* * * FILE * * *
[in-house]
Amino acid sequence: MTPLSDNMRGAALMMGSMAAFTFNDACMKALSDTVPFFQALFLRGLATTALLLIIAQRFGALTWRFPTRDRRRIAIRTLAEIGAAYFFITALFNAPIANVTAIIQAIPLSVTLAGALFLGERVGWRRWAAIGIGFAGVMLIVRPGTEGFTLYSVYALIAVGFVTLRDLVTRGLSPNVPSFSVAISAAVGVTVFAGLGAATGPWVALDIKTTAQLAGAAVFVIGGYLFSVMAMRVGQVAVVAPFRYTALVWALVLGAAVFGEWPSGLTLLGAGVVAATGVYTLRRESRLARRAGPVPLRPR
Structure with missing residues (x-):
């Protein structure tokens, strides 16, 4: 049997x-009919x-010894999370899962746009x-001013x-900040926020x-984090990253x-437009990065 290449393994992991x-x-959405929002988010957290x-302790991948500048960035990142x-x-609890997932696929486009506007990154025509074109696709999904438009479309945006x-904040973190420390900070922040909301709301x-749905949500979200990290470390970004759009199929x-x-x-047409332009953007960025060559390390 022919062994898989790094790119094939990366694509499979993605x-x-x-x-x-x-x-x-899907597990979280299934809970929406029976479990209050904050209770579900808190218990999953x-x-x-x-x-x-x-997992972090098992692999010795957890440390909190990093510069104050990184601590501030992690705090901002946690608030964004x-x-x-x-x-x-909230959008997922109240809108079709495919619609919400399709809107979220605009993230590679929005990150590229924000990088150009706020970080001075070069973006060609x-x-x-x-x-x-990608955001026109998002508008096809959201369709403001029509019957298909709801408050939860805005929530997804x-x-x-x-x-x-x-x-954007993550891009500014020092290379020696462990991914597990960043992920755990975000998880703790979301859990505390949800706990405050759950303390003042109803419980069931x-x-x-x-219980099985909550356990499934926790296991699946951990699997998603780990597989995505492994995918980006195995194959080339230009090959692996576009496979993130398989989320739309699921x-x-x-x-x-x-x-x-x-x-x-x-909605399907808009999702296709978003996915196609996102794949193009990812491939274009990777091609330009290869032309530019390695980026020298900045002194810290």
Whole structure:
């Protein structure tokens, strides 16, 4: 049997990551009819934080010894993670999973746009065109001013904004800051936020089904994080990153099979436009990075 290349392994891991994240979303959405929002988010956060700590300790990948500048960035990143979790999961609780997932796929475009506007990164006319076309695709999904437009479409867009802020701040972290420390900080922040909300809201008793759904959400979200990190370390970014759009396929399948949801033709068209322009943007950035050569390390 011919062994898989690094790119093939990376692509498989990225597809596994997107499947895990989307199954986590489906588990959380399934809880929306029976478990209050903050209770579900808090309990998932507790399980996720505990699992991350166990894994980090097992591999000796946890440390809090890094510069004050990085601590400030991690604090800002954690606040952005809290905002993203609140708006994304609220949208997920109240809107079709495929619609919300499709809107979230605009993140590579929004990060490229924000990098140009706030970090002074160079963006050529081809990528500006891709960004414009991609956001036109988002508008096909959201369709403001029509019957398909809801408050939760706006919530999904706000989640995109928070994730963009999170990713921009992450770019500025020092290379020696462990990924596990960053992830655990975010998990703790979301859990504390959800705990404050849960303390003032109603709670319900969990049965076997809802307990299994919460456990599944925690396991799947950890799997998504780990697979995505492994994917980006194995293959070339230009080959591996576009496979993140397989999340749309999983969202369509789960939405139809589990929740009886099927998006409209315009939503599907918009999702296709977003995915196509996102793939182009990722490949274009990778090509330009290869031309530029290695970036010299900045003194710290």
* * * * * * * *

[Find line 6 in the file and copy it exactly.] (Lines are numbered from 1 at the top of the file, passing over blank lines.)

């Protein structure tokens, strides 16, 4: 049997990551009819934080010894993670999973746009065109001013904004800051936020089904994080990153099979436009990075 290349392994891991994240979303959405929002988010956060700590300790990948500048960035990143979790999961609780997932796929475009506007990164006319076309695709999904437009479409867009802020701040972290420390900080922040909300809201008793759904959400979200990190370390970014759009396929399948949801033709068209322009943007950035050569390390 011919062994898989690094790119093939990376692509498989990225597809596994997107499947895990989307199954986590489906588990959380399934809880929306029976478990209050903050209770579900808090309990998932507790399980996720505990699992991350166990894994980090097992591999000796946890440390809090890094510069004050990085601590400030991690604090800002954690606040952005809290905002993203609140708006994304609220949208997920109240809107079709495929619609919300499709809107979230605009993140590579929004990060490229924000990098140009706030970090002074160079963006050529081809990528500006891709960004414009991609956001036109988002508008096909959201369709403001029509019957398909809801408050939760706006919530999904706000989640995109928070994730963009999170990713921009992450770019500025020092290379020696462990990924596990960053992830655990975010998990703790979301859990504390959800705990404050849960303390003032109603709670319900969990049965076997809802307990299994919460456990599944925690396991799947950890799997998504780990697979995505492994994917980006194995293959070339230009080959591996576009496979993140397989999340749309999983969202369509789960939405139809589990929740009886099927998006409209315009939503599907918009999702296709977003995915196509996102793939182009990722490949274009990778090509330009290869031309530029290695970036010299900045003194710290």